Sunday, April 13, 2014

Refactoring Payback: Localization, Collisions and Level Design

Cleaning up your mess usually pays back in a myriad of ways. Of course, cleaning up your game code (which is known in the programming jargon as refactoring) pays back too. After just one week of refactoring Bloodhunt there're so many improvements I don't really know where to start, so let's follow the order of the title.


In a story-driven RPG such as Bloodhunt it is of vital importance to fully understand all game dialogs and texts. And the best way to achieve it is through localization, i.e. translating all game texts to different languages. Therefore, I just needed a simple way of including different languages in the game with a minimal effort. And this is how I have approached it. When the game starts, there's a service that reads an XML file that contains all game texts in the different languages. The service chooses a language based on the player settings and stores all the translated texts in a language model that can be used throughout the game. For now, I've just added English and Spanish, but since it's a plain and simple XML file, you can add your language too. I hope maybe some day in the future the community translates the game to other languages. It would be awesome!

And here we have a GIF of the character creation screen translated to Spanish.


In the last part of the previous GIF we can see the Ventrue character walking though the Santa Monica apartment room. Even though it moves way too fast and the framerate of the recording is a bit sloppy, we can see some collisions and z-ordering happening. I've implemented a pretty simple collision system that allows the player to move in the room hitting walls and objects in the environment (the bed, the desk, etc.) Also, there's a quick z-ordeding that sorts all game objects onscreen to create the illusion that the characters walks before and behind the desk. These are not the most beautiful implementations but it's not bad for a first approach.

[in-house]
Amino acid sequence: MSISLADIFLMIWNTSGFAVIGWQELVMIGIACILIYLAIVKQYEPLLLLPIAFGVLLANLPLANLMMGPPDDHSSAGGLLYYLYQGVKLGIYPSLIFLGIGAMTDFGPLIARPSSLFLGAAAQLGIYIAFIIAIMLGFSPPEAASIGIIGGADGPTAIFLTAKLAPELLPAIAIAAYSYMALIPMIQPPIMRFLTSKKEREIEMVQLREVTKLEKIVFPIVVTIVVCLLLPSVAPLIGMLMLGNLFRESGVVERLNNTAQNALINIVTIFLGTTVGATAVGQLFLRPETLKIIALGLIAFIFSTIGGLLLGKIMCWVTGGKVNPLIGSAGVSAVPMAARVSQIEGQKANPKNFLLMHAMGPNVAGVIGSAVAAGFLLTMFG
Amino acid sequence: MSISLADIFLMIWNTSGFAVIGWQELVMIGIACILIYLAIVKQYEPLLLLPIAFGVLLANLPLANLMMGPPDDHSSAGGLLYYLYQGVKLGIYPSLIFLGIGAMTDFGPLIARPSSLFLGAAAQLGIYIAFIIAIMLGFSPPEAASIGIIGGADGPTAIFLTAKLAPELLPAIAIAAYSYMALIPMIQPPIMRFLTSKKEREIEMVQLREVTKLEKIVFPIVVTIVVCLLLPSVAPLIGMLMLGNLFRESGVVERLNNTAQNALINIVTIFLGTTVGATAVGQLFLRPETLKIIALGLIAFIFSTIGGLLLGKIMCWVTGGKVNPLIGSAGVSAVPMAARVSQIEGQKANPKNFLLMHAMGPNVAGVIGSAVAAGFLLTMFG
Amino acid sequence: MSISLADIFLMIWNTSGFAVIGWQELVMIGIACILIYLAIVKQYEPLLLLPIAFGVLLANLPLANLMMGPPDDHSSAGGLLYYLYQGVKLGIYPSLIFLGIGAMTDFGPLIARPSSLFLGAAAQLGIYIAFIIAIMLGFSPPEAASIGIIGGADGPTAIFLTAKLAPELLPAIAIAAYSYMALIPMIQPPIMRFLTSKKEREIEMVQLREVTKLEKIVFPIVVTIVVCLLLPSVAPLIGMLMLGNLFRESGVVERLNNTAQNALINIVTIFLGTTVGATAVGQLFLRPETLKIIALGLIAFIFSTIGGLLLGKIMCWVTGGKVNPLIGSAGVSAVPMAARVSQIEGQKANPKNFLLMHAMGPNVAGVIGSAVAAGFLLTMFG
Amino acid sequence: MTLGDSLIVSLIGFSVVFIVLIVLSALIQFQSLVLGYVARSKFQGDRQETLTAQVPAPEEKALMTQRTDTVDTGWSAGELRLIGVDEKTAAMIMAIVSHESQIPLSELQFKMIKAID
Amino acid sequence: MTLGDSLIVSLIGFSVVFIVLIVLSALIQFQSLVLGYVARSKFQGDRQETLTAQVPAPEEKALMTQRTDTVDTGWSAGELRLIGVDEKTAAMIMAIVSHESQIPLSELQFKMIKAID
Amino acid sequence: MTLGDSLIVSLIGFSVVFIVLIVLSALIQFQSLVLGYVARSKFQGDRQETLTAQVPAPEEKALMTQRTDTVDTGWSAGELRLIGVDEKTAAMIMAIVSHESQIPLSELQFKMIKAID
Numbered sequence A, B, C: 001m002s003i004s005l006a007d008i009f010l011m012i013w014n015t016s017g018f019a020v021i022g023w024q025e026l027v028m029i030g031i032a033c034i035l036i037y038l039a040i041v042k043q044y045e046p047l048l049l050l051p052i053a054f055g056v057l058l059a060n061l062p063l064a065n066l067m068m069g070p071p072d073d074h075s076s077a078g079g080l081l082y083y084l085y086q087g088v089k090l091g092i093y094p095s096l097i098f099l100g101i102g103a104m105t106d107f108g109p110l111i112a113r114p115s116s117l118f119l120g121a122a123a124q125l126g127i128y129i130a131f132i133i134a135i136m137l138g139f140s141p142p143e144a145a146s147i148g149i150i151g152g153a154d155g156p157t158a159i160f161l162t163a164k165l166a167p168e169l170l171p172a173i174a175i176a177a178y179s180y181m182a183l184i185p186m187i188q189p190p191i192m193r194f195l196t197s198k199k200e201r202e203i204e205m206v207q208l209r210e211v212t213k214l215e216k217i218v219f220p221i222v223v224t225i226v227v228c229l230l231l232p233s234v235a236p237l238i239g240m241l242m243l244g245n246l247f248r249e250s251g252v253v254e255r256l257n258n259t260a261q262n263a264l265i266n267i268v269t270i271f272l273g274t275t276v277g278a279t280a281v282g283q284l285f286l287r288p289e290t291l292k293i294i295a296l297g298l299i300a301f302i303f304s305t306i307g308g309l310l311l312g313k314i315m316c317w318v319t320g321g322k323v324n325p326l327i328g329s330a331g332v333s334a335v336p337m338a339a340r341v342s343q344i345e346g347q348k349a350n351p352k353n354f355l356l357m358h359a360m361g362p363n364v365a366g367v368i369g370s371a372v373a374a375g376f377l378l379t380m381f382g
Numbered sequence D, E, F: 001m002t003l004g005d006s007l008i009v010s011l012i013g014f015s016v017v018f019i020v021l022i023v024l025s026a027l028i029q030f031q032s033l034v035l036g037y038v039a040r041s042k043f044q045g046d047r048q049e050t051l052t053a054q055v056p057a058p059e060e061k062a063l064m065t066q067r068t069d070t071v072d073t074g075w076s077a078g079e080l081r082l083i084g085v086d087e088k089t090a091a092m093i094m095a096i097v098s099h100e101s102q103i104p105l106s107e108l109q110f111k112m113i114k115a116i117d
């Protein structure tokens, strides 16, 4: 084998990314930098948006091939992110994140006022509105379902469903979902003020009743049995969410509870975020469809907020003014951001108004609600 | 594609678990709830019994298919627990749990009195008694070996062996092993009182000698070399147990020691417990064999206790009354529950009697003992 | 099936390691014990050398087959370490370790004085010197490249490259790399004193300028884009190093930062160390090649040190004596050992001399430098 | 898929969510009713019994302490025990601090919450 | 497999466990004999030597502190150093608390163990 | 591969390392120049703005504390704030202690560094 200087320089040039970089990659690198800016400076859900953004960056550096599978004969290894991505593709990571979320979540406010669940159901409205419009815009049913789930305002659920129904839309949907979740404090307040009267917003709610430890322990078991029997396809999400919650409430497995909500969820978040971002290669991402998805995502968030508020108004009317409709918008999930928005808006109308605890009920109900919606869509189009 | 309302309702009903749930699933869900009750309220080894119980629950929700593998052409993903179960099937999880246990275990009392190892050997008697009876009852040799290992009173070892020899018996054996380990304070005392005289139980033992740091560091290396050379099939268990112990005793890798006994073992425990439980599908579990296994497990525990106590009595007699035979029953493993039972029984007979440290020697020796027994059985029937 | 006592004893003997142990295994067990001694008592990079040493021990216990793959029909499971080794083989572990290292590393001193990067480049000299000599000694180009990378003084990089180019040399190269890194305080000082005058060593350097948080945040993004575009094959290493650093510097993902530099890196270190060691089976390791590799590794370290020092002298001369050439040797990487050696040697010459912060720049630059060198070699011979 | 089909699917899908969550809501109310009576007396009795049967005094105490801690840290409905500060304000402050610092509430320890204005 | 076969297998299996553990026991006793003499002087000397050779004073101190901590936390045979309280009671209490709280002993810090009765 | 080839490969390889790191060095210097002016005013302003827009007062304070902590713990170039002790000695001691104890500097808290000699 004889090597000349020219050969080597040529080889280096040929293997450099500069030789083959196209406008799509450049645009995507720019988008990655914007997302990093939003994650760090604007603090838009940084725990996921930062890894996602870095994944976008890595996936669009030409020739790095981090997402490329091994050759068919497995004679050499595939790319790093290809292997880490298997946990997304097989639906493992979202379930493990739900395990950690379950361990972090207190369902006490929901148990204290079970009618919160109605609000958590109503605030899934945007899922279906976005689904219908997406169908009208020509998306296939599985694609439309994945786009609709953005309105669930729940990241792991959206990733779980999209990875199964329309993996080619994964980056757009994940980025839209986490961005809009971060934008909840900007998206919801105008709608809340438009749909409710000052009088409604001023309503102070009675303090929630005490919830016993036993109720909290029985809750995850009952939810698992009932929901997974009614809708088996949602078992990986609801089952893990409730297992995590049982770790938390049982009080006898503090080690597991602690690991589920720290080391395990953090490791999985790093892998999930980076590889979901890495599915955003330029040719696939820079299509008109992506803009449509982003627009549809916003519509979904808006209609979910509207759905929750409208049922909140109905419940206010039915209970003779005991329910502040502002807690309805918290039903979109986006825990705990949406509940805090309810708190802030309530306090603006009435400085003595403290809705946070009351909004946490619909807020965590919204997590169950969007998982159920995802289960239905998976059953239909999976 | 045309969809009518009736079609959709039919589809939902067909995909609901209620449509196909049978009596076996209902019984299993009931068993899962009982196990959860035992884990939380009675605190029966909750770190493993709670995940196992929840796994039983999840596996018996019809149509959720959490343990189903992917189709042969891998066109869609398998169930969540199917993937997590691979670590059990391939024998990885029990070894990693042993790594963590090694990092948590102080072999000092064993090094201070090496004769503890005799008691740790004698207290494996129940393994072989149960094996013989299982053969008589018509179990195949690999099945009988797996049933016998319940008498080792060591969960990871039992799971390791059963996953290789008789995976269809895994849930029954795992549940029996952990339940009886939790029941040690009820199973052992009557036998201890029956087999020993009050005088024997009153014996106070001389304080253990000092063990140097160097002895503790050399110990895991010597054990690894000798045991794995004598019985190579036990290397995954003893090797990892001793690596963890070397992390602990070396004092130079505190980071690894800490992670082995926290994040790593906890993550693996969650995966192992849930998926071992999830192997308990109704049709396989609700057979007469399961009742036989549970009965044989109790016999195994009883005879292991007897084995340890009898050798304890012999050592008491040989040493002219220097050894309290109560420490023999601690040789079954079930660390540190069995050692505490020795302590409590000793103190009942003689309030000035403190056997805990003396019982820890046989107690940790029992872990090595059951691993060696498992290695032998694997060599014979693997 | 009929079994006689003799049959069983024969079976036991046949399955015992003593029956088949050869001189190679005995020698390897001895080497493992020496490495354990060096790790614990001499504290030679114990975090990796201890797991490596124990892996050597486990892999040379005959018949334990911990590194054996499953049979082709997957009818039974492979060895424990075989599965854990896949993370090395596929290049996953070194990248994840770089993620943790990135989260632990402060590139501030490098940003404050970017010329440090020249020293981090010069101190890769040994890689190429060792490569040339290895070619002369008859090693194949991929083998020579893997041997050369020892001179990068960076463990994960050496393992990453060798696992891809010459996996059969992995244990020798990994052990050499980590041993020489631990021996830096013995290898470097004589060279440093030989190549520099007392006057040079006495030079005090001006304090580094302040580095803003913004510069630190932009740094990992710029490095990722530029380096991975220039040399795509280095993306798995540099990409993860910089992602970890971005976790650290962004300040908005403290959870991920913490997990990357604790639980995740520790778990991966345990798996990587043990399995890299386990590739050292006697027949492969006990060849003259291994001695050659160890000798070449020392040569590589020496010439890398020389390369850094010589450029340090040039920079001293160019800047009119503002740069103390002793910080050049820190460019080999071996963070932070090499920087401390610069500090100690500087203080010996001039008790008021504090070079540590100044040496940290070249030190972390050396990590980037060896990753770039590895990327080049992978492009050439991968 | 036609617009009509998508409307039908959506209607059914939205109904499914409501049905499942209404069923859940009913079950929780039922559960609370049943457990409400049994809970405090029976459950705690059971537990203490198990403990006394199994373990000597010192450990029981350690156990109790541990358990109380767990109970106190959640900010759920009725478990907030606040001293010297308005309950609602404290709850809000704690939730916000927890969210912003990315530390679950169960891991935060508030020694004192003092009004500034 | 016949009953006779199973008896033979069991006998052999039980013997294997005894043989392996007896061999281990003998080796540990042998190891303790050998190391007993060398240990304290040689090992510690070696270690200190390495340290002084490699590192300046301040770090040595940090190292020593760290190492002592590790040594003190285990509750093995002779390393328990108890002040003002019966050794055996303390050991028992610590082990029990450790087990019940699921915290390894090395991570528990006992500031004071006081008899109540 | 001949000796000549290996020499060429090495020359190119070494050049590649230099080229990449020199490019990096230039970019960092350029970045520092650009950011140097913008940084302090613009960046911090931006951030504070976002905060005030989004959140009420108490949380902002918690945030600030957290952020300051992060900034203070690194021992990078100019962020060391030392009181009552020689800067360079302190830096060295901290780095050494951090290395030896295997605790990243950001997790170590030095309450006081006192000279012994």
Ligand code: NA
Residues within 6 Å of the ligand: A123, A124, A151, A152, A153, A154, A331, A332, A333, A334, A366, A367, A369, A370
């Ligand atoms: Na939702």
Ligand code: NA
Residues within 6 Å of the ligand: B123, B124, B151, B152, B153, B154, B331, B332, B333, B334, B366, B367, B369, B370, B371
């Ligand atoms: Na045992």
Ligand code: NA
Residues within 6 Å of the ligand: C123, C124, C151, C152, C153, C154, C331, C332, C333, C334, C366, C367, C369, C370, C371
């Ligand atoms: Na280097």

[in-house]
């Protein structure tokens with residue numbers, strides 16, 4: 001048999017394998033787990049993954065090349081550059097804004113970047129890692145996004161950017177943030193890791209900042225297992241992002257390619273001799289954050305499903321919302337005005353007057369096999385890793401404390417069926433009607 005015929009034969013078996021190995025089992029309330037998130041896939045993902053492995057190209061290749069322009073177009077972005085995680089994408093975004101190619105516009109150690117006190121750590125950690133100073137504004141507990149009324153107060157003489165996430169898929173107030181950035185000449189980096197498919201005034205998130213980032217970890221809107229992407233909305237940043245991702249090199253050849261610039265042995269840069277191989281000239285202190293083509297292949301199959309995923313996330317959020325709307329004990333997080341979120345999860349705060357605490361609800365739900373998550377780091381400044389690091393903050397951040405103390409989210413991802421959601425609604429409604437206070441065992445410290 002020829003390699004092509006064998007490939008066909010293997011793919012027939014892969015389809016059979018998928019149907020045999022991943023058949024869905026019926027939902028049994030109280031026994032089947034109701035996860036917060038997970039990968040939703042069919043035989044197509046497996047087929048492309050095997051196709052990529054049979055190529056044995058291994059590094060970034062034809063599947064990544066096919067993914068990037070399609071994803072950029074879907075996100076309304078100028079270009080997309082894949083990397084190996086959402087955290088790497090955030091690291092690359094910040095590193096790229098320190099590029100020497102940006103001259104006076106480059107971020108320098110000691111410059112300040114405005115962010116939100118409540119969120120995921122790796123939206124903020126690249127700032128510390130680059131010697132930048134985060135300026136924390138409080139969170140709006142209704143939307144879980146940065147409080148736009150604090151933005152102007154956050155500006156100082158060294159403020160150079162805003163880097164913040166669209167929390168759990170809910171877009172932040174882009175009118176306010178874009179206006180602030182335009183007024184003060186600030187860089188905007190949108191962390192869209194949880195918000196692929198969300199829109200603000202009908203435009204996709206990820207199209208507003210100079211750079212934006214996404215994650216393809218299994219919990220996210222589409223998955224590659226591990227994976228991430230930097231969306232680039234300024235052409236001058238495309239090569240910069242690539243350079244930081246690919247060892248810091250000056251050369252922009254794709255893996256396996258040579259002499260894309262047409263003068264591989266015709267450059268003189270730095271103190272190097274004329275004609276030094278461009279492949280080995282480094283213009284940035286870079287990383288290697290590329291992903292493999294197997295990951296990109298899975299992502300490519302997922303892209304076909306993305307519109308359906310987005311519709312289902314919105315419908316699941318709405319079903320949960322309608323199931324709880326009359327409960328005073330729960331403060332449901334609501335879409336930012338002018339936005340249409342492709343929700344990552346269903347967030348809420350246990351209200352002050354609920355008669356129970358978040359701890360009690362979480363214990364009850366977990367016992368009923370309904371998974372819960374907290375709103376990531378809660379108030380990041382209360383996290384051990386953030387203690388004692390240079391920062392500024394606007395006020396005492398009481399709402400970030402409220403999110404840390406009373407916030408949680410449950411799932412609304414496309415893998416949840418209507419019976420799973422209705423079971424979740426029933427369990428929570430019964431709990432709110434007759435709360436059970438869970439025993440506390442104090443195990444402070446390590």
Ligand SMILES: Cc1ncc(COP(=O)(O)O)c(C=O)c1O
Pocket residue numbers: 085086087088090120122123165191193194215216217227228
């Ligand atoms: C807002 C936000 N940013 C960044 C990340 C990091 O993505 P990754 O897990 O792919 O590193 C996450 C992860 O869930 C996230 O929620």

Level Editing

Another important aspect of the game is creating new scenarios. Before refactoring, the process of creating a game location was tedious and required different external tools. This was the old process:

  1. In Photoshop I just draw the scenario, laying out the main shapes and colors and maybe some characters for reference.
  2. Then I go a tile editor to lay out the collisions using tiles of 24x24 pixels.
  3. The level editor saves a CSV file containing 0s and 1s to indicate the positions that can be walked by the character. 
  4. Then I go back to Photoshop to position the items in the scenario.
  5. At last, I code the scenario adding by hand all the positions of the items, adding shadows for collision, etc.
After refactoring, I've added a dynamic CSV generator so I can get rid of steps 2 and 3 since it automatically generates the 0s and 1s from the floor layer. Also, the gameplay view automatically adds all item in their positions, just reading the graphics generated in Flash. So now the process is as follows:
  1. In photoshop I draw the scenario and the items. 
  2. In Flash I can drag and drop all the elements in their specific layers, draw the floor layer, position the items, add shadows and everything.
  3. The code does the automatic magic and the sceneario is playable.
Here's a screenshot of step 2, drawing the floor layer in Flash.

And step 3, the dynamic CSV generator. If you just concentrate in the 1s, you can see the red shape of the floor layer above.

Oh! It's rotated 90ยบ but you get the idea.


  1. Looks like your making some awesome progress, keep up the good work!

    1. Thanks a lot, Falvillo! More to come soon ;)

  2. A good online tool to enhance the productivity of localization teams is the localization platform POEditor.

    This localization platform is equipped with very useful collaboration and automation features, making it easy for more people to work on localizing the same languages at the same time.

    It's also very useful when refactoring app or website text.